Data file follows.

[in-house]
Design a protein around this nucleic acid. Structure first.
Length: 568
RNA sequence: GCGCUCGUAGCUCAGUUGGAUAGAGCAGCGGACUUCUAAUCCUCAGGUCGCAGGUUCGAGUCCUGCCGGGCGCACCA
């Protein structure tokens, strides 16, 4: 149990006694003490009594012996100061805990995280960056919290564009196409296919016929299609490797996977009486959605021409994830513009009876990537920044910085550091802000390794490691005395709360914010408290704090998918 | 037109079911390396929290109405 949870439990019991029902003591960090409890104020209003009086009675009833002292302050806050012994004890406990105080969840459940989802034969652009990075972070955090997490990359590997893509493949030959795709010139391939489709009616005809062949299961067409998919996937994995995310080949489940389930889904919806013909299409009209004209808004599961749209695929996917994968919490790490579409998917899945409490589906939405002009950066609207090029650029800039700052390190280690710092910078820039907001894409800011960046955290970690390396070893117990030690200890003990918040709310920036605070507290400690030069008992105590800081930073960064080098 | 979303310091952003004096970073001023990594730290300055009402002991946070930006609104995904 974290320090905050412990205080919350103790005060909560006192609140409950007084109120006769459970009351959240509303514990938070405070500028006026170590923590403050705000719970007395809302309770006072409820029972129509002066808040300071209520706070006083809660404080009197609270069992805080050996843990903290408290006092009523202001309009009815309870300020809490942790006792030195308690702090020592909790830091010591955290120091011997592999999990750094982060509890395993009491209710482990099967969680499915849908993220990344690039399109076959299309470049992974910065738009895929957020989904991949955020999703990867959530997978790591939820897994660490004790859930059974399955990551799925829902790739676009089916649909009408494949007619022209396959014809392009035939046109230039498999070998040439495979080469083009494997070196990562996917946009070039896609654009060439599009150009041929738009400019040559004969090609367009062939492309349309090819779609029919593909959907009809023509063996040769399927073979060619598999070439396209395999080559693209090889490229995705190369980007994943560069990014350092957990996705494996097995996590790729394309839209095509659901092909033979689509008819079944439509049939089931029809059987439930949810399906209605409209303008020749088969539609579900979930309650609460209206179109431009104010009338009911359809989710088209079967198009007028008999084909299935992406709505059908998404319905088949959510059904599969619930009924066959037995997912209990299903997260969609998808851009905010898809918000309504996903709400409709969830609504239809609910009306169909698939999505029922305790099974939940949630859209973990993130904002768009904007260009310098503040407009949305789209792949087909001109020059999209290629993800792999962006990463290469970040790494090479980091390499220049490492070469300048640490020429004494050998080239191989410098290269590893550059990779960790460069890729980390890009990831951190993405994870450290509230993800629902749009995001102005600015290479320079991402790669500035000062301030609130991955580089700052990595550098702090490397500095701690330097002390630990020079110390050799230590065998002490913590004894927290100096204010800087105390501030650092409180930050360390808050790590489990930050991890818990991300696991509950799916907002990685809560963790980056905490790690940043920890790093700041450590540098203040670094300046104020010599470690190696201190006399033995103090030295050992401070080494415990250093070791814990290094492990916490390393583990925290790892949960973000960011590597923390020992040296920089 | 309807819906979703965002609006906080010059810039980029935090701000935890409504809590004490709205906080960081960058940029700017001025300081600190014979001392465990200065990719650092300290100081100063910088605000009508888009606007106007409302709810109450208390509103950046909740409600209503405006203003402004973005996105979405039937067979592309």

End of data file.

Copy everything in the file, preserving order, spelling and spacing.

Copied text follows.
[in-house]
Design a protein around this nucleic acid. Structure first.
Length: 568
RNA sequence: GCGCUCGUAGCUCAGUUGGAUAGAGCAGCGGACUUCUAAUCCUCAGGUCGCAGGUUCGAGUCCUGCCGGGCGCACCA
């Protein structure tokens, strides 16, 4: 149990006694003490009594012996100061805990995280960056919290564009196409296919016929299609490797996977009486959605021409994830513009009876990537920044910085550091802000390794490691005395709360914010408290704090998918 | 037109079911390396929290109405 949870439990019991029902003591960090409890104020209003009086009675009833002292302050806050012994004890406990105080969840459940989802034969652009990075972070955090997490990359590997893509493949030959795709010139391939489709009616005809062949299961067409998919996937994995995310080949489940389930889904919806013909299409009209004209808004599961749209695929996917994968919490790490579409998917899945409490589906939405002009950066609207090029650029800039700052390190280690710092910078820039907001894409800011960046955290970690390396070893117990030690200890003990918040709310920036605070507290400690030069008992105590800081930073960064080098 | 979303310091952003004096970073001023990594730290300055009402002991946070930006609104995904 974290320090905050412990205080919350103790005060909560006192609140409950007084109120006769459970009351959240509303514990938070405070500028006026170590923590403050705000719970007395809302309770006072409820029972129509002066808040300071209520706070006083809660404080009197609270069992805080050996843990903290408290006092009523202001309009009815309870300020809490942790006792030195308690702090020592909790830091010591955290120091011997592999999990750094982060509890395993009491209710482990099967969680499915849908993220990344690039399109076959299309470049992974910065738009895929957020989904991949955020999703990867959530997978790591939820897994660490004790859930059974399955990551799925829902790739676009089916649909009408494949007619022209396959014809392009035939046109230039498999070998040439495979080469083009494997070196990562996917946009070039896609654009060439599009150009041929738009400019040559004969090609367009062939492309349309090819779609029919593909959907009809023509063996040769399927073979060619598999070439396209395999080559693209090889490229995705190369980007994943560069990014350092957990996705494996097995996590790729394309839209095509659901092909033979689509008819079944439509049939089931029809059987439930949810399906209605409209303008020749088969539609579900979930309650609460209206179109431009104010009338009911359809989710088209079967198009007028008999084909299935992406709505059908998404319905088949959510059904599969619930009924066959037995997912209990299903997260969609998808851009905010898809918000309504996903709400409709969830609504239809609910009306169909698939999505029922305790099974939940949630859209973990993130904002768009904007260009310098503040407009949305789209792949087909001109020059999209290629993800792999962006990463290469970040790494090479980091390499220049490492070469300048640490020429004494050998080239191989410098290269590893550059990779960790460069890729980390890009990831951190993405994870450290509230993800629902749009995001102005600015290479320079991402790669500035000062301030609130991955580089700052990595550098702090490397500095701690330097002390630990020079110390050799230590065998002490913590004894927290100096204010800087105390501030650092409180930050360390808050790590489990930050991890818990991300696991509950799916907002990685809560963790980056905490790690940043920890790093700041450590540098203040670094300046104020010599470690190696201190006399033995103090030295050992401070080494415990250093070791814990290094492990916490390393583990925290790892949960973000960011590597923390020992040296920089 | 309807819906979703965002609006906080010059810039980029935090701000935890409504809590004490709205906080960081960058940029700017001025300081600190014979001392465990200065990719650092300290100081100063910088605000009508888009606007106007409302709810109450208390509103950046909740409600209503405006203003402004973005996105979405039937067979592309």